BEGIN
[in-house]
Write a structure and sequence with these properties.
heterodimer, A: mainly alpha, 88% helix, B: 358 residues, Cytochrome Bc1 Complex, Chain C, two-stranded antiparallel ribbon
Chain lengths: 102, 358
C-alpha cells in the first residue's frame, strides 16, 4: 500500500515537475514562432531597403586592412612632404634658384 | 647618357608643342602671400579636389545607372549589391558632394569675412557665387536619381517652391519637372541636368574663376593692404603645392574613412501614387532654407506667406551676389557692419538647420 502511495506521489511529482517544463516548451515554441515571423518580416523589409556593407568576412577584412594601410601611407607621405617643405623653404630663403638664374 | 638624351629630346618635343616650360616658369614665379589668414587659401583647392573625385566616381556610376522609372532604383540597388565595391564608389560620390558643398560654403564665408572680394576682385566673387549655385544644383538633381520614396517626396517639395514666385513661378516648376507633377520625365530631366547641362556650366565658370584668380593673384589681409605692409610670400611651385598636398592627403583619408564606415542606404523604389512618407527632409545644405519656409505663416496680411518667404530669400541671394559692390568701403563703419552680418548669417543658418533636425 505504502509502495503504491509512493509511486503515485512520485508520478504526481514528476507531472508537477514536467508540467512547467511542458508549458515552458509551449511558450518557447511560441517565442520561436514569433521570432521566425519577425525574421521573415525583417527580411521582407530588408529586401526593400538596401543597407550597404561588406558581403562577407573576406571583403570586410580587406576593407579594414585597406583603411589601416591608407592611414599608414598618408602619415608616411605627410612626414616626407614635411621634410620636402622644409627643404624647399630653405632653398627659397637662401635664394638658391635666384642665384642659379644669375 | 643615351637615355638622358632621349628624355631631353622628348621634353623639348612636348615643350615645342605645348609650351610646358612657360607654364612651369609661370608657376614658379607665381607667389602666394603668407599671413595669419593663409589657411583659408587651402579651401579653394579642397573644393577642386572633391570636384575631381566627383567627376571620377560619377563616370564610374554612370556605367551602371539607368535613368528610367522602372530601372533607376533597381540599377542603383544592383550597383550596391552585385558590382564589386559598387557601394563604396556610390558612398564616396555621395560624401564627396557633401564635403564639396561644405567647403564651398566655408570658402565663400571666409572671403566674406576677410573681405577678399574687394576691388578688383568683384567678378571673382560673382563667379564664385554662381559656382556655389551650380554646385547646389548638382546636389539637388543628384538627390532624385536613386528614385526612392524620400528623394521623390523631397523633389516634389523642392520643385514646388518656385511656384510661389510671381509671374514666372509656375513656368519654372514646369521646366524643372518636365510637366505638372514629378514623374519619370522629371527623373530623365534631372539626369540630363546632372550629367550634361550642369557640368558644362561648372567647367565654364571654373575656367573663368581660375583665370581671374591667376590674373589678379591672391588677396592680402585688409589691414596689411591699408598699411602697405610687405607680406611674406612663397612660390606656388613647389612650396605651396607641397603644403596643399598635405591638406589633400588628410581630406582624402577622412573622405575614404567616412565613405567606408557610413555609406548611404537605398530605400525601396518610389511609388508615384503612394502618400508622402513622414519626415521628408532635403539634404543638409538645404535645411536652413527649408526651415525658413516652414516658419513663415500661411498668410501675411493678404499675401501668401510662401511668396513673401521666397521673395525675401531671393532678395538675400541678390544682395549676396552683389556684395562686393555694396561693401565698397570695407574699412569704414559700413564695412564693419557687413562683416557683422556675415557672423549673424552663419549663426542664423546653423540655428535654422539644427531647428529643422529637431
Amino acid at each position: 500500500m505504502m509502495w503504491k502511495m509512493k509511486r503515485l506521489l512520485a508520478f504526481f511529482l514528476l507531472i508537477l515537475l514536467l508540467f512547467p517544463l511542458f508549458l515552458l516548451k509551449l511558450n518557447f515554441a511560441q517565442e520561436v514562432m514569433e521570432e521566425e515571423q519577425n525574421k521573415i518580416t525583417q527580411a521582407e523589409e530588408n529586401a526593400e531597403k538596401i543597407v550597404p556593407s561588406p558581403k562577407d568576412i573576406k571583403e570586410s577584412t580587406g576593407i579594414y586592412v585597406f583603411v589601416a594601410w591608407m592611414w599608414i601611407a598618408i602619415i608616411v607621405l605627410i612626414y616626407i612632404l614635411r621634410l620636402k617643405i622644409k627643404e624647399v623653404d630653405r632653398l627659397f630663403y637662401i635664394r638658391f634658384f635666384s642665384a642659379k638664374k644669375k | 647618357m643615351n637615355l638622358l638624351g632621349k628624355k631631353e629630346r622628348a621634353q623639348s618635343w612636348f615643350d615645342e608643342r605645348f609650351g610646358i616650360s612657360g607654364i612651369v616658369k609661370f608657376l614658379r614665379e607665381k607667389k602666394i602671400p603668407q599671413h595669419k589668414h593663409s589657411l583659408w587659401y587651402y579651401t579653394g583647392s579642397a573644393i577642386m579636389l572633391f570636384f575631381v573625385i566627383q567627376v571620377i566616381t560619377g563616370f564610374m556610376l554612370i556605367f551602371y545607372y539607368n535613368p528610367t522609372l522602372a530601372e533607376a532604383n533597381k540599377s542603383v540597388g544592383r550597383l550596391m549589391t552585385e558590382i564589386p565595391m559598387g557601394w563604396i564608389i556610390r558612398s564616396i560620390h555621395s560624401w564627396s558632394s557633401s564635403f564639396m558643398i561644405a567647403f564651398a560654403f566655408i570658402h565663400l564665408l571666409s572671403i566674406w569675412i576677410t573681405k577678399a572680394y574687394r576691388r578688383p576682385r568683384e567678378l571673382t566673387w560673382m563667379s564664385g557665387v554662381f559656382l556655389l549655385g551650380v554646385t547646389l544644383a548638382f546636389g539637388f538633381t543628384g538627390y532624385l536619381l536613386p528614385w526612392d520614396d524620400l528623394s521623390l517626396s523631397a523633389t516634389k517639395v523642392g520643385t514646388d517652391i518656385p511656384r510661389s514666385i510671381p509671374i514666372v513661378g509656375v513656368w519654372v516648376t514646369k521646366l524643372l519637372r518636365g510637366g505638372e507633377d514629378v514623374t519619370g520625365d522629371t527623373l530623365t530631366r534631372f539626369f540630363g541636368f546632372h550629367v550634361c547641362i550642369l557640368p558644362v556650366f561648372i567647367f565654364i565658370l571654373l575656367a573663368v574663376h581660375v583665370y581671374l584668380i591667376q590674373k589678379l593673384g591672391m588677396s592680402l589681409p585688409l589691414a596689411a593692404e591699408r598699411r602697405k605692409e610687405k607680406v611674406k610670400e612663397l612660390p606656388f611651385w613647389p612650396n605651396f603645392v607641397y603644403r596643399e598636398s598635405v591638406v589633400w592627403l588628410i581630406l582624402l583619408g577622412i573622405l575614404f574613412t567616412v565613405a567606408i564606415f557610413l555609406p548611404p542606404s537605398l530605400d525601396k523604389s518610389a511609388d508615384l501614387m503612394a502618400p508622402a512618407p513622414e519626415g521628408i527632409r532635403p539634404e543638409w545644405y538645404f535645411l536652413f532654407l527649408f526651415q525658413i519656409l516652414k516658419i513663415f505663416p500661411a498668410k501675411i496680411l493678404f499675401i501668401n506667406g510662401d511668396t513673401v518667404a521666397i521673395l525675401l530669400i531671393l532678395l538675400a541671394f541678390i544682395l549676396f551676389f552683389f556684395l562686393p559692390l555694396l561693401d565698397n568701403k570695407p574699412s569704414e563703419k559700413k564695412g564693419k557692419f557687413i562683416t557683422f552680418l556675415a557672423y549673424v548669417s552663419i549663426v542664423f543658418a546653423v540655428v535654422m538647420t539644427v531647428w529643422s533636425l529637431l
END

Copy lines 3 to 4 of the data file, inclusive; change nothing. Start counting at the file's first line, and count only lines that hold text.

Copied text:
heterodimer, A: mainly alpha, 88% helix, B: 358 residues, Cytochrome Bc1 Complex, Chain C, two-stranded antiparallel ribbon
Chain lengths: 102, 358